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why do we need to change the curriculum

The proposed changes to the English: Pupils will continue to study Shakespeare plays and sonnets as well as the canon of pre-20th century literary classics, including Charles Dickens, Jane Austen and George Eliot. There will be a suggested list of contemporary authors, such as Benjamin Zephaniah, Philip Pullman, and Bill Bryson. History: Pupils will continue to learn about the importance and impact of events in the last century, such as the world wars and the Holocaust. The history and impact of the slave trade will be added to the curriculum with explicit references to the role of reformers, such as Equiano and Wilberforce. Languages: will be given greater freedoms to offer economically useful languages, such as Mandarin and Urdu. But students will be able to drop all languages at age 14. Citizenship: Following Keith Ajegbo's review, pupils will study national identity and the diversity of living together in the UK, including issues such as the legacy of Empire. Geography: Sustainable development and environmental change will be given a much stronger focus.


Cooking: Pupils will be taught how to cook simple healthy meals from basic fresh ingredients in revamped food technology classes. Personal finance: Pupils will be taught essential financial life skills through functional maths and in personal social and health education (PSHE). These will include: personal finance, enterprise and financial capability; learning about risk and reward; investment and trade; personal budgeting; mortgages; interest rates; and balancing credit cards. PE: Lessons will combine physical activity with learning how exercise affects fitness and health. Schools will have even more flexibility to run the physical activities that best meet their pupils' needs. All 11 to 14-year-old pupils will continue to study all 12 subjects of the national curriculum covering, in addition to English and mathematics, science, design and technology, ICT, the humanities, a foreign language, art, music, PE and citizenship.


The new curriculum will put more emphasis on general skills, such as initiative, enterprise, and the capacity to learn independently - which are particularly valued by employers.
Many states and school districts have rules governing a review process for curriculum. For example, a school may need to review and revise curriculum every three or five years. For many of these schools, this is a multi-step process. Here's how it looks: Evaluate current curriculum, including goals and materials Research best practices, what is proven to work in education By going through this step-by-step process, students are ensured they will receive curriculum that is up to date and effective, and teachers will receive support as they implement new practices. Sometimes, a curriculum is found to be ineffective or not working as strongly as necessary. Let's say Southside Elementary's math scores have been declining as indicated on recent standardized tests. After investigating possible reasons for this, a committee determines the curriculum is not aligned to, or have the same goals as, the learning objectives.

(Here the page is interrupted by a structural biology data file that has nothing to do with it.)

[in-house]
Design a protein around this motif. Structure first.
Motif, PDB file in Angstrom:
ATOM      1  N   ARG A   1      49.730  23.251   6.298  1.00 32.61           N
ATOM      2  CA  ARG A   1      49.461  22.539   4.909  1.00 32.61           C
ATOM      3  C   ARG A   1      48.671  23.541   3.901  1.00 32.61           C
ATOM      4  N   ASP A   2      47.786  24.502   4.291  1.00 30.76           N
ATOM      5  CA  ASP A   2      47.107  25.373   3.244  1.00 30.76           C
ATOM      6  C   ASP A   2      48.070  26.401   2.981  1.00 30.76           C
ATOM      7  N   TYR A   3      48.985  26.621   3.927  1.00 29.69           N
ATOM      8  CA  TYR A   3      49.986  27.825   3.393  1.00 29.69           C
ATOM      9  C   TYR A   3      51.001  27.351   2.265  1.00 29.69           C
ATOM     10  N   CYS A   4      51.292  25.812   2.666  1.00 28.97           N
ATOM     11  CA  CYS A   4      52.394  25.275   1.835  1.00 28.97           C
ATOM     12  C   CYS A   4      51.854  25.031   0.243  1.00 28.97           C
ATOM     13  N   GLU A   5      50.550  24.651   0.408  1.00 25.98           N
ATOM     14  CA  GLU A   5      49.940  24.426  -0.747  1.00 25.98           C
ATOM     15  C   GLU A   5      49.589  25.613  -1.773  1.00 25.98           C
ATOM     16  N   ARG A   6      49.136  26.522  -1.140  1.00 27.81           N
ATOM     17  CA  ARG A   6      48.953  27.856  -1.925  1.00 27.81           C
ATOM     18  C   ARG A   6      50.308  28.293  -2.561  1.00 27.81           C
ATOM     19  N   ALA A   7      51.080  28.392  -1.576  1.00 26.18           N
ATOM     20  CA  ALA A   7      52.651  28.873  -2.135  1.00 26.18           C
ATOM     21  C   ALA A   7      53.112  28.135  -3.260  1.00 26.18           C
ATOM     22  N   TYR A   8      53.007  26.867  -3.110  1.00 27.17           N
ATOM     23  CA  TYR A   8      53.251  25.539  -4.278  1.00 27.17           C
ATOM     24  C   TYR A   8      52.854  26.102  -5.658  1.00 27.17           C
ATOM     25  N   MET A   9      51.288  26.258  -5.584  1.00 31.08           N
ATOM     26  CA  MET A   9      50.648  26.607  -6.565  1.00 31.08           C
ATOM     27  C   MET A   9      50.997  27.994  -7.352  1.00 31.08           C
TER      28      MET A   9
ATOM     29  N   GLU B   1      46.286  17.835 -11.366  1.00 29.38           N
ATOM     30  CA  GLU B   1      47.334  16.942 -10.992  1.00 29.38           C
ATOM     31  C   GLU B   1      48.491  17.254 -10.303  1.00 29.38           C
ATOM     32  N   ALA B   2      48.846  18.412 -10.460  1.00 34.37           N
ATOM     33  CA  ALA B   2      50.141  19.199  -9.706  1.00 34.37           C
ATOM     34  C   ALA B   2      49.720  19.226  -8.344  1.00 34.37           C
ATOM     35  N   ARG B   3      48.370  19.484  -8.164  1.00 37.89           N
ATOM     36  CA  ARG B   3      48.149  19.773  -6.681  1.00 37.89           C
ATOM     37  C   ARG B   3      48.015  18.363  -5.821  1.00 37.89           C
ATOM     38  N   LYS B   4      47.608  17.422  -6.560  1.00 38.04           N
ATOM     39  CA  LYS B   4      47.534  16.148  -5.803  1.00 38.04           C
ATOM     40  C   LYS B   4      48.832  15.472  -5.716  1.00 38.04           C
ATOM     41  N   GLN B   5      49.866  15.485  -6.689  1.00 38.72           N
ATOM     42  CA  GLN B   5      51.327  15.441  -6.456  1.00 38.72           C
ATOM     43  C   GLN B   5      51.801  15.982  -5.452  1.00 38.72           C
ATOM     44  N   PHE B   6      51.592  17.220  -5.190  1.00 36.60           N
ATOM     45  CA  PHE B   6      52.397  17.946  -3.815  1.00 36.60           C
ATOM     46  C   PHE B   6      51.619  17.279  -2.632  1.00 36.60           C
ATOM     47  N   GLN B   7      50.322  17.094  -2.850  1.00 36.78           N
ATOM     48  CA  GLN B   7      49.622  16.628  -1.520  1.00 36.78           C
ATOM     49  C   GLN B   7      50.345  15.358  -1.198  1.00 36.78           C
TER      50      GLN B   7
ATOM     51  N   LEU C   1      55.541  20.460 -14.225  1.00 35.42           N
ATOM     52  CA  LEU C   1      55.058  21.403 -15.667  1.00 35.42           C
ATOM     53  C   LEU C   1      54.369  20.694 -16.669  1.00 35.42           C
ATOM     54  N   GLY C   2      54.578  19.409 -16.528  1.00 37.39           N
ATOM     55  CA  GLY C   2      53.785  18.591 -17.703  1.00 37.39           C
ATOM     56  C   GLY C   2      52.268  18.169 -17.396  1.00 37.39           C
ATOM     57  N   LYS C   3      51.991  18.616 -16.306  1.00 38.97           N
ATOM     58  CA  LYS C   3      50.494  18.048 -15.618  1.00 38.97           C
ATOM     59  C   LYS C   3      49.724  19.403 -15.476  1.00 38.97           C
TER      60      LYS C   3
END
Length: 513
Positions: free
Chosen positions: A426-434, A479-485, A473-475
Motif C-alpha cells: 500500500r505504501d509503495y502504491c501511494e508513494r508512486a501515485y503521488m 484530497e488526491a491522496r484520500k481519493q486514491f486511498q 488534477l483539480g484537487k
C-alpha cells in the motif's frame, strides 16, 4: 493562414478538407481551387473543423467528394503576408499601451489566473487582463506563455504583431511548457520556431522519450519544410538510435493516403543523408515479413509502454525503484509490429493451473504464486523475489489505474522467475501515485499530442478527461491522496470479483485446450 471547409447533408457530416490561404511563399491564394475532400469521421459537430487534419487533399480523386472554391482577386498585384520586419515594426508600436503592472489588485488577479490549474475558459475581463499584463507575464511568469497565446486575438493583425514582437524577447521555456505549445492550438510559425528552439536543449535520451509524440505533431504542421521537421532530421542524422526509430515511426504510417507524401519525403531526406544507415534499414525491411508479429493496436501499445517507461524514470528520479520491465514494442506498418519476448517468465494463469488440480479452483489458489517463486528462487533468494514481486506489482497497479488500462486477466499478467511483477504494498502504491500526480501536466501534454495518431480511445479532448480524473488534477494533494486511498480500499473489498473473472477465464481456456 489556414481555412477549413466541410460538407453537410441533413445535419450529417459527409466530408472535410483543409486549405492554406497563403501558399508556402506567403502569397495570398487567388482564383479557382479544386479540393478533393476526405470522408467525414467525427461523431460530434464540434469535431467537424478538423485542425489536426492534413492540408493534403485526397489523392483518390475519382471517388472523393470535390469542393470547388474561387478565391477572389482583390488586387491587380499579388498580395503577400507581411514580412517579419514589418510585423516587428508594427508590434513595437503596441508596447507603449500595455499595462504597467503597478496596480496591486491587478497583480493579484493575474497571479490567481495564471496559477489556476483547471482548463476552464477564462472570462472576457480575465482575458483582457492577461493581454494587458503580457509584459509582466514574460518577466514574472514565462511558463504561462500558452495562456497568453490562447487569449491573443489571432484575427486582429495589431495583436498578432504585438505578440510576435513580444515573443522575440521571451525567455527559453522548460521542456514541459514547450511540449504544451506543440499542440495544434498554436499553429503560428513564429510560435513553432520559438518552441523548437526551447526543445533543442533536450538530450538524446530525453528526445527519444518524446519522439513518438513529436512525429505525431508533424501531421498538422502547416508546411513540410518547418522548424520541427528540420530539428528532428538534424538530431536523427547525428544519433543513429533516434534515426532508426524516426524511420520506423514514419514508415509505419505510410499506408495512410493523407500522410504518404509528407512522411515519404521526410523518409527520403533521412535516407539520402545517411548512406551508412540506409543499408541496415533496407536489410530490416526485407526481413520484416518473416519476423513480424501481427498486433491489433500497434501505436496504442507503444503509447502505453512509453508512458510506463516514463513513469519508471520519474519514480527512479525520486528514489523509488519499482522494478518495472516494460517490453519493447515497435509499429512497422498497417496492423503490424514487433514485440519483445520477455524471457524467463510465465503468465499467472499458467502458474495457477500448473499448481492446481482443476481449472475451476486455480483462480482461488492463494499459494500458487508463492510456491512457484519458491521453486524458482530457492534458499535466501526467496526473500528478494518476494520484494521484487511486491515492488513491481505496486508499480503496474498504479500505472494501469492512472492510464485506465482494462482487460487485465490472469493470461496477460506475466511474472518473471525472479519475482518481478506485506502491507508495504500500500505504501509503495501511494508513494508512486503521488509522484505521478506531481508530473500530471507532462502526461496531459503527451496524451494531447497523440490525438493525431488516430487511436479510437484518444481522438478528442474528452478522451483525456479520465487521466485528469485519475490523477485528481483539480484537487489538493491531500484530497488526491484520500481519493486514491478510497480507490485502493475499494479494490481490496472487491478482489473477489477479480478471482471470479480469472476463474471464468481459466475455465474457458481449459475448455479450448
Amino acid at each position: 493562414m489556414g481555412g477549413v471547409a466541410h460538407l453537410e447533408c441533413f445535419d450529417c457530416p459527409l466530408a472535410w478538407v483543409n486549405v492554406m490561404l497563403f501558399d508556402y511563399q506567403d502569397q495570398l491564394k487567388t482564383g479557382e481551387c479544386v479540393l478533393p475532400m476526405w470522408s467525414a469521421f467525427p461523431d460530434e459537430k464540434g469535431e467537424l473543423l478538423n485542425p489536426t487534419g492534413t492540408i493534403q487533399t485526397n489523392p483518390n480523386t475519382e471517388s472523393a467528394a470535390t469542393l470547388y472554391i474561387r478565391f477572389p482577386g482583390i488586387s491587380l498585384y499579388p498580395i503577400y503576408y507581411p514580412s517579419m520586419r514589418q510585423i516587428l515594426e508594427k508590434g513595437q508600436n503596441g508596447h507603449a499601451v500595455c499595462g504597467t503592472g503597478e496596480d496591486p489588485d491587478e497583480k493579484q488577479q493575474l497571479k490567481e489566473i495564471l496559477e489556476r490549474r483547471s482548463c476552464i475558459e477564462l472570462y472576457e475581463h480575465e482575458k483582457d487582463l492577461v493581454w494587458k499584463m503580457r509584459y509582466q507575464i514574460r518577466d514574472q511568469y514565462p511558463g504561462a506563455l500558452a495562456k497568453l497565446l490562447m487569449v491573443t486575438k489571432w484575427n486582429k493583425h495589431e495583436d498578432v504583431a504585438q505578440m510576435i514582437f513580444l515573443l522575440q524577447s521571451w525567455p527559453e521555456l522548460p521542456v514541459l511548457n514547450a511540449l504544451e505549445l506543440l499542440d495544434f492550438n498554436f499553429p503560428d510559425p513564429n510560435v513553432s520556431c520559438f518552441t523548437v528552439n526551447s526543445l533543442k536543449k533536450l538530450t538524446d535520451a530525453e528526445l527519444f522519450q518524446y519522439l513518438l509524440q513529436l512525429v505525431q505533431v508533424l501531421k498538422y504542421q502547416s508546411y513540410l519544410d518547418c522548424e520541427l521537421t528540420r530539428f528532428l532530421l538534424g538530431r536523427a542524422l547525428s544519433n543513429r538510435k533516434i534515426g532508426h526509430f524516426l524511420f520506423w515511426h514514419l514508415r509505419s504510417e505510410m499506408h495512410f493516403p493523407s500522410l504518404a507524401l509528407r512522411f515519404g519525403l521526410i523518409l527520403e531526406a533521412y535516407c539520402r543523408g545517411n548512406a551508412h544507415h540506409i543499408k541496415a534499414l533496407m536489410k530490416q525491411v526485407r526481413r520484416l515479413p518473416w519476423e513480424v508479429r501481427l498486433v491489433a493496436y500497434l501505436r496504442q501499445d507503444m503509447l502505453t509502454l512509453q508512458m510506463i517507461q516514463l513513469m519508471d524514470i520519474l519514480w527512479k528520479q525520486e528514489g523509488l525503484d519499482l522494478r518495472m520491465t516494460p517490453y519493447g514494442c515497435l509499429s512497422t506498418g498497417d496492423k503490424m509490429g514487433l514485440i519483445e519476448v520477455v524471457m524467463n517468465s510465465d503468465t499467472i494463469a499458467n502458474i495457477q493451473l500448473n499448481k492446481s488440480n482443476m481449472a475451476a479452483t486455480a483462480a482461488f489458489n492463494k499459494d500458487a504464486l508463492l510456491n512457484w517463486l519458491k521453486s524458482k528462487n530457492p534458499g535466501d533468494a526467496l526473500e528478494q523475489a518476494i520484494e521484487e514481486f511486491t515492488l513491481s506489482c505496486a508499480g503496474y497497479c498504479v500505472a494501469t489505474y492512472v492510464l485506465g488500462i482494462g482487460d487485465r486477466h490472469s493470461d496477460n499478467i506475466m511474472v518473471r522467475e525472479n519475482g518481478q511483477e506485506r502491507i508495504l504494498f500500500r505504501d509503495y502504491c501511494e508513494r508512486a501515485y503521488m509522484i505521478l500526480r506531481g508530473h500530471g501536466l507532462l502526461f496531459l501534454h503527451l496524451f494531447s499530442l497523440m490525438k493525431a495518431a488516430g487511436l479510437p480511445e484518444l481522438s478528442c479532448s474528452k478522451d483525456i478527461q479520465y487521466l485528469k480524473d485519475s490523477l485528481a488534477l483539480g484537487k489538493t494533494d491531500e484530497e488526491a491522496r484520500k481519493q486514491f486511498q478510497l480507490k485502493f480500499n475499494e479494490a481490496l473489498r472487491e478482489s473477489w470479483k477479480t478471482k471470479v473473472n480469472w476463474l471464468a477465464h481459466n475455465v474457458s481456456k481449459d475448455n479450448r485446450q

Or maybe the curriculum doesn't provide enough high-level thinking experiences, or is confusing to teachers. For a variety of reasons, curriculum may not be succeeding in allowing students to find success. When this happens, a school or district may opt to develop new curriculum. Teachers play an important role in determining curriculum effectiveness. Imagine being given a new curriculum that is not easy to understand or does not have appropriate materials to support student growth. Although the curriculum looked acceptable to the curriculum committee, once in the hands of teachers its true impact is known. If this is the case, teachers may request a curriculum review. Teachers may also want to incorporate technology into their instruction. Curriculum does not always keep up with the constantly changing advances made in technology; a math curriculum may be better enhanced with the addition of apps on a smart tablet or other experiences using technology.


Finally, teachers may be dissatisfied with older content and techniques in light of recent research. They may be aware of better, more accepted practices in their field and not have access to those materials. If the math department at Southside Elementary is using a curriculum that is outdated, they may be spending personal time and resources to supplement, designing their own instruction, or purchasing materials to support student learning. Curriculum is comprised of the materials, objectives, assessments, pacing guide, and other resources used to instruct students. Educators should be mindful of when a curriculum new needs to be developed. This can happen for several reasons. A curriculum may be outdated, or it is time for it to be looked at more closely in a scheduled review process. It may not be as effective as shown by declining student success. Or, teachers may be dissatisfied with content or want to incorporate technology.

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